On Death With Dignity: Overcoming to the end.
Does Brittany Maynard’s decision to die with dignity in Oregon really mean anything to you? How can a young woman diagnosed with brain cancer on the other side of the country affect your life where you live and breathe today? Should we care? Do you?
The “death with dignity” debate has brought to the forefront disparate groups of people on both sides of the issue. On one hand, there are those who see her decision to “die on her own terms” as brave, even heroic as a gesture. They would advocate the administration of drugs underwritten by government funds to “hasten the end” of a suffering person (insert “Alzheimer’s patient,” “baby with birth defect,” or “person averse to suffering”). After all, no one has to suffer if they don’t want to, right?
On the other hand are those represented by the Vatican’s statement that Brittany’s actions were an “absurdity.” But can we write her situation off and dismiss her as an anomaly, or are other people waiting to walk in her footsteps? And after all, brain cancer is a horrific illness. I watched my own father die with it. “So what do we say to these things,” as Paul eloquently asked the Romans. How do we respond to a situation that falls somewhere between absurd and logical?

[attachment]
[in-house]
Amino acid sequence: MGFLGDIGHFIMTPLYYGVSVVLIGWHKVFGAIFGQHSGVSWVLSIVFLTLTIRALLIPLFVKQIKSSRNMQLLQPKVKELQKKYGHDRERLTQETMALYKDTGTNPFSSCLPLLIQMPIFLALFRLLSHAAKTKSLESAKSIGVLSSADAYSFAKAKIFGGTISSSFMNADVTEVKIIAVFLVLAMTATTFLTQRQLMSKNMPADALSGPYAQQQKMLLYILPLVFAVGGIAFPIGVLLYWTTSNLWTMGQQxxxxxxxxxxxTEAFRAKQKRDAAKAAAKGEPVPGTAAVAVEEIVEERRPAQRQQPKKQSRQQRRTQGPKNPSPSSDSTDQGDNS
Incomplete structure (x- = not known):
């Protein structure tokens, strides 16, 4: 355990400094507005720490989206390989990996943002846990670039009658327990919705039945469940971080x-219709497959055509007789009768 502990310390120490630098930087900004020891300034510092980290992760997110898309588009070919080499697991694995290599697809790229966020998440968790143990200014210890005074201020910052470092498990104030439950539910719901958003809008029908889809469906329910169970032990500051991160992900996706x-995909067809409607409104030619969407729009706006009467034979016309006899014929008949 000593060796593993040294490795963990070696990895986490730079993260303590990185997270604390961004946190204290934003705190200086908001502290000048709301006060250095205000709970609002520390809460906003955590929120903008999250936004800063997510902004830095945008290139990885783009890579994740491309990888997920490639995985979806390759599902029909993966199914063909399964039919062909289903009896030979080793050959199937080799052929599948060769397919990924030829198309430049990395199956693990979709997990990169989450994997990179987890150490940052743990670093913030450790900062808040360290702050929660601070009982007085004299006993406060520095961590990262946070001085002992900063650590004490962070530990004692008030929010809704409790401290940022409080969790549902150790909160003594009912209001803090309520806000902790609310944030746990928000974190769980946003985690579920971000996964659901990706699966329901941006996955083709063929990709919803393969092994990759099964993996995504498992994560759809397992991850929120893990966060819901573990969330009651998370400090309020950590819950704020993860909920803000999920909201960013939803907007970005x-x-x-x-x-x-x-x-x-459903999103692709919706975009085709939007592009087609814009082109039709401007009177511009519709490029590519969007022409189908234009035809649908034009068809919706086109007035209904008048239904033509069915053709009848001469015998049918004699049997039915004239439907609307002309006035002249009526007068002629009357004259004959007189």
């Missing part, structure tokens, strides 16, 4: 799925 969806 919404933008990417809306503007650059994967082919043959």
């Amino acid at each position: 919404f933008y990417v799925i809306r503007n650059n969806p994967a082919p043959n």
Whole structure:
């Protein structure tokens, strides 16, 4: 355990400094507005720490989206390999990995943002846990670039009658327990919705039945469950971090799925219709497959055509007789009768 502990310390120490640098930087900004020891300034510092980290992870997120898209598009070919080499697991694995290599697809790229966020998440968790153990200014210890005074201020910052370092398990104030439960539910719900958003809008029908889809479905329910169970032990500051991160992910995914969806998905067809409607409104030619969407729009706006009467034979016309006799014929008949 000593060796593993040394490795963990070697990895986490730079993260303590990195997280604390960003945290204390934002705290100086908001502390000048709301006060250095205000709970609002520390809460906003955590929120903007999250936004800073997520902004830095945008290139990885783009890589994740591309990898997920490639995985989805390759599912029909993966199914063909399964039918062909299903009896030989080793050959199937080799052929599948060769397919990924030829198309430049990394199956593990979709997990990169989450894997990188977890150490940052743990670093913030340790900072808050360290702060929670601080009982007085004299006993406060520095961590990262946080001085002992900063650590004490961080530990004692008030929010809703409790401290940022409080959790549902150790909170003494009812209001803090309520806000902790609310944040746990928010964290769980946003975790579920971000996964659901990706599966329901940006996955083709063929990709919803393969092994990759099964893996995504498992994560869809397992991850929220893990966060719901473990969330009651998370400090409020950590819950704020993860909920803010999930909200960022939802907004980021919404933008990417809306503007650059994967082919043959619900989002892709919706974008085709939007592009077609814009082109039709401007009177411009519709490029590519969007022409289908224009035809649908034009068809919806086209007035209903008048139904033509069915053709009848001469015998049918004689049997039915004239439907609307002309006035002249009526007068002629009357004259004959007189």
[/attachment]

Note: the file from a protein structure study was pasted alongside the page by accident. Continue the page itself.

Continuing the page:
Let me be personal. Was there a value in my father’s dying? I watched day by day, sometimes up close and sometimes at a distance as the man I knew and loved gradually slipped away in confusion, and perhaps in pain. We really couldn’t tell, because my Dad was the kind of guy that wouldn’t have admitted it had he felt it. I watched the loving sacrifice of his wife, my Mom, as she walked with him through the toughest miles of their marriage. She would sit for hours holding his head on her lap in the nursing home where he spent his last weeks on earth. She would slip headphones on him so he could listen to tapes of Bill Gaither’s Homecoming and block out the cries and chaos of that place. Would my Mom trade those last days with my Dad? Would she wish them to be hastened along by a “merciful” intervention from a doctor who has rejected the Hippocratic Oath? She never said. But I think not. Because love doesn’t walk away in the midst of the fire.
“What can separate us from the love of God that is in Christ Jesus our Lord?” Absolutely nothing. So what do we say to those who are standing in the midst of the fiery trial of suffering with an invasion of cancer or the robbery of Alzheimer’s? Do we tell them to walk away? That God doesn’t believe in His Creation suffering? That pain has no purpose and no place in His plan? “No, in all these things we are super conquerers” through Jesus Christ. But the conquerer doesn’t leave until the battle has ended. Deserters are never given medals. Neither do they know the joy of conquest. The overcomer doesn’t walk away from the fight. And neither should we.